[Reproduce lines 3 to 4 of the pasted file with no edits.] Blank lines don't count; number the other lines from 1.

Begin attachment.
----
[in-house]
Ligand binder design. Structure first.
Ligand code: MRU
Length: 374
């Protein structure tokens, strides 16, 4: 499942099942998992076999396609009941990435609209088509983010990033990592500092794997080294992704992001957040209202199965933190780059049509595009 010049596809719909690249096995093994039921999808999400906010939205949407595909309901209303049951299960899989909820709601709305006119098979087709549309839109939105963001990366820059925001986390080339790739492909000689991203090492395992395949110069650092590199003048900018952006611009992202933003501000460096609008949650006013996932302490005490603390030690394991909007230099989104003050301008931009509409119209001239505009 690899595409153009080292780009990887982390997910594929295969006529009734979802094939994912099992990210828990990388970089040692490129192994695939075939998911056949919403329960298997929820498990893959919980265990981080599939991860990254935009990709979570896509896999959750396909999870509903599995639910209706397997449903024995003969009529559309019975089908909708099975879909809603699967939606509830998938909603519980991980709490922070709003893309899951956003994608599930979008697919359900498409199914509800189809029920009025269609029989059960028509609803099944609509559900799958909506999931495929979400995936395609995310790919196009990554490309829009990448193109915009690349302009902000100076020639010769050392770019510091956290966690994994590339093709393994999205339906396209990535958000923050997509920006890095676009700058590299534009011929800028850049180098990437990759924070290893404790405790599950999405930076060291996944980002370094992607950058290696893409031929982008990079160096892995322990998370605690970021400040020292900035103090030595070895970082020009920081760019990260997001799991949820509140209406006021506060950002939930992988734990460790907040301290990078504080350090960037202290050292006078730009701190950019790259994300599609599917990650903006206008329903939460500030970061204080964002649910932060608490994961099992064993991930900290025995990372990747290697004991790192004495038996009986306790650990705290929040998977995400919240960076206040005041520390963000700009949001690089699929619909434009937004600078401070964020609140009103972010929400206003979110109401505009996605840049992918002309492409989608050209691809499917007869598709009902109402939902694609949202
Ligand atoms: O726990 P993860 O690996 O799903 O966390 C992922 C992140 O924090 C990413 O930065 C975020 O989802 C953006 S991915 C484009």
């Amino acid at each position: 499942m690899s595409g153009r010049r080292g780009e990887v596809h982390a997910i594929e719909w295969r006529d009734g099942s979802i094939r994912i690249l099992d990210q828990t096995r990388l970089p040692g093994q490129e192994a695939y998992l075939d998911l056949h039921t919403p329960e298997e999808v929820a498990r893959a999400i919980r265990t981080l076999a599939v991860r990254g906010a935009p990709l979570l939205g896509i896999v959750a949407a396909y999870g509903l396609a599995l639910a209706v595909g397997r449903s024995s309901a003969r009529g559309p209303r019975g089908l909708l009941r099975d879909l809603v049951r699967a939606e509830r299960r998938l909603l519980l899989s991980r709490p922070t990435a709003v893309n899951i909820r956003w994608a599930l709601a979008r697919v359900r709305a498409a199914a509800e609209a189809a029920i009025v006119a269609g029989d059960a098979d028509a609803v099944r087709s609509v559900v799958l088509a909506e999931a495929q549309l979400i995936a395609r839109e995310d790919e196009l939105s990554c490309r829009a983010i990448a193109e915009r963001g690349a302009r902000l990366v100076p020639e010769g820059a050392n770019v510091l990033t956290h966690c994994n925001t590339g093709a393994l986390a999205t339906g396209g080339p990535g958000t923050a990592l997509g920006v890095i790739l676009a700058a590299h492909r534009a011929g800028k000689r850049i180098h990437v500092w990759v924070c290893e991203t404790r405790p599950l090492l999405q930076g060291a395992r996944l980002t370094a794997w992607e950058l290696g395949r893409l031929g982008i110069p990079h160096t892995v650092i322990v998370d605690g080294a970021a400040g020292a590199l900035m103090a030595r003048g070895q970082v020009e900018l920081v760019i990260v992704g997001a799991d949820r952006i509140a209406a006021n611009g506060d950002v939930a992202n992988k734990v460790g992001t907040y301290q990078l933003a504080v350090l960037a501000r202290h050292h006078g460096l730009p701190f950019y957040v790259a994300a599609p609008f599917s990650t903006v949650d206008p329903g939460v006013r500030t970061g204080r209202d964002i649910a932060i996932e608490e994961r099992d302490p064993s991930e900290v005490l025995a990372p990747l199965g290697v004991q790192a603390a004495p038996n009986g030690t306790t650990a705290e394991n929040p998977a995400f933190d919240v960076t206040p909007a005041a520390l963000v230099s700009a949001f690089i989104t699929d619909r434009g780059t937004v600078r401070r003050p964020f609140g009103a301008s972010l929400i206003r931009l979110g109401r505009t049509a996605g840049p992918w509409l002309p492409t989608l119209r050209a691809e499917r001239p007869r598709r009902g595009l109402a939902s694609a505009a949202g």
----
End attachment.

Ligand code: MRU
Length: 374